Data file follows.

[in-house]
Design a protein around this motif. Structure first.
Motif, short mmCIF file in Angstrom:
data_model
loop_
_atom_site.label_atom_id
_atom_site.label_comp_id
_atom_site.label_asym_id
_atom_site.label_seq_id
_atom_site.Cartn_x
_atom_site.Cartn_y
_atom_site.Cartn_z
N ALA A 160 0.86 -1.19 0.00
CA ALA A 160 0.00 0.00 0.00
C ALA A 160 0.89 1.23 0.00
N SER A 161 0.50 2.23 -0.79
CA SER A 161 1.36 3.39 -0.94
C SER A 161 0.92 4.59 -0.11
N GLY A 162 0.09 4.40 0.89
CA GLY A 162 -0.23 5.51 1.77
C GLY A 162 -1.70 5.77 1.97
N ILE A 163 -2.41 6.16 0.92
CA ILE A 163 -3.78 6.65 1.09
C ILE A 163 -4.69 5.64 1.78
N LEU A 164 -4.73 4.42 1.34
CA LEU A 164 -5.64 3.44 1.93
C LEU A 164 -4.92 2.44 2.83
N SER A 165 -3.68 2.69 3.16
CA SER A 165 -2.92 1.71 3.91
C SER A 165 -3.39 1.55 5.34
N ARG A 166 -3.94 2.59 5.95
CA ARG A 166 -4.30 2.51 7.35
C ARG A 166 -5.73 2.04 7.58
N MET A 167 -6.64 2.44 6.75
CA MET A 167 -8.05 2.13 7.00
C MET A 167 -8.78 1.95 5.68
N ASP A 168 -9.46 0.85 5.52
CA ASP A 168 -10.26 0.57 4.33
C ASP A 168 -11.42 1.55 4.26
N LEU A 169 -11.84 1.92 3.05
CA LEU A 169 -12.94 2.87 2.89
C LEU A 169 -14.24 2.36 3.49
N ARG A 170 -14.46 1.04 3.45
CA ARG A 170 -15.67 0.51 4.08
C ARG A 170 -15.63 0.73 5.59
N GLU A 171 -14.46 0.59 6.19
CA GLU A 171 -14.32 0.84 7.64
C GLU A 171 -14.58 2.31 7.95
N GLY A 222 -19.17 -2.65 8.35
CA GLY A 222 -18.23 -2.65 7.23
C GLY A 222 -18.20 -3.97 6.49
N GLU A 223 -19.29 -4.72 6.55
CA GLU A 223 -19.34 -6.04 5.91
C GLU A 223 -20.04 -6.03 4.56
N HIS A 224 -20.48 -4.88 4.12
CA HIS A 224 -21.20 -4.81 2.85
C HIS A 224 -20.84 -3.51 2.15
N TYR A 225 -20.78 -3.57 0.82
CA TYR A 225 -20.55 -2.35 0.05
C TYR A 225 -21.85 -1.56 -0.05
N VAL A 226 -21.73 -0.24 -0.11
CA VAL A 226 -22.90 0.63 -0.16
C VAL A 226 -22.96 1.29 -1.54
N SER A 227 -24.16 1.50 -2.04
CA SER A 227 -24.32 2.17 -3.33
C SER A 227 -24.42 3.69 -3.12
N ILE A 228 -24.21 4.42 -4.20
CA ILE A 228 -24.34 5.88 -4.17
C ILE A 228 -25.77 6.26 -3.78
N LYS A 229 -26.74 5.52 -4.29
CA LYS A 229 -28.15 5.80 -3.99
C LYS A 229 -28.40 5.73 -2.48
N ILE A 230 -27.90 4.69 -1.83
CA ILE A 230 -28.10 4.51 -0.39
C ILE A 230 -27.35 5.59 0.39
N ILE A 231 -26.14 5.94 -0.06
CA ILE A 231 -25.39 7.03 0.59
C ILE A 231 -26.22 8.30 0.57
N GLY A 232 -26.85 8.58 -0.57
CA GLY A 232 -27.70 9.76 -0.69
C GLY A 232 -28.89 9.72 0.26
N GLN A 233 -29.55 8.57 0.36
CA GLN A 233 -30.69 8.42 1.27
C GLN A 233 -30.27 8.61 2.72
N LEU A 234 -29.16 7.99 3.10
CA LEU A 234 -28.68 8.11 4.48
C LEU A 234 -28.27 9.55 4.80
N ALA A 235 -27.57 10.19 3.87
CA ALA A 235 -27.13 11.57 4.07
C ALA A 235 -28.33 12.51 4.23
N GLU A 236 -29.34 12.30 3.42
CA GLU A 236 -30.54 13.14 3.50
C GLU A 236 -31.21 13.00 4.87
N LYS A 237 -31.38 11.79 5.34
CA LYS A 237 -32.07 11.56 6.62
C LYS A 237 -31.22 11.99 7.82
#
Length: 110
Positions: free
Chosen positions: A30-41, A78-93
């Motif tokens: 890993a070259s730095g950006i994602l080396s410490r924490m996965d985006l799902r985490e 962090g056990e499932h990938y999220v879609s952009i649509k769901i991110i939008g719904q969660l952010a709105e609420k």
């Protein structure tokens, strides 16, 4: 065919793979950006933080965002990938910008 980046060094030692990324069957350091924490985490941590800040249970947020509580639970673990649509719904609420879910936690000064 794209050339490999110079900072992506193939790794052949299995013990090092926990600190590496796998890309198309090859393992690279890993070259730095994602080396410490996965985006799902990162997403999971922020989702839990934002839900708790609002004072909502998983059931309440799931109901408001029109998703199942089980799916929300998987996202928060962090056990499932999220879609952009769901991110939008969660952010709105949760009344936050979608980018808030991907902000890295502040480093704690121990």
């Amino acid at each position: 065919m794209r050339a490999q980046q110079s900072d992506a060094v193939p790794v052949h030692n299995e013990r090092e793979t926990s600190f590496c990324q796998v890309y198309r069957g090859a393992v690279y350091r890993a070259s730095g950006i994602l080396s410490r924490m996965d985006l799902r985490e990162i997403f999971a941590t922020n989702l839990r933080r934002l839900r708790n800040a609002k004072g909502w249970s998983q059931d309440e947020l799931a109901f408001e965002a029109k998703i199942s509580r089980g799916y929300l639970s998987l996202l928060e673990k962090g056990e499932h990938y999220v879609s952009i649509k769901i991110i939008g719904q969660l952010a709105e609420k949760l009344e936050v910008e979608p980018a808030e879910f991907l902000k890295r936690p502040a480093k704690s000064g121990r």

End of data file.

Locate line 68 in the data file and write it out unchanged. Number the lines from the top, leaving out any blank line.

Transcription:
CA ILE A 228 -24.34 5.88 -4.17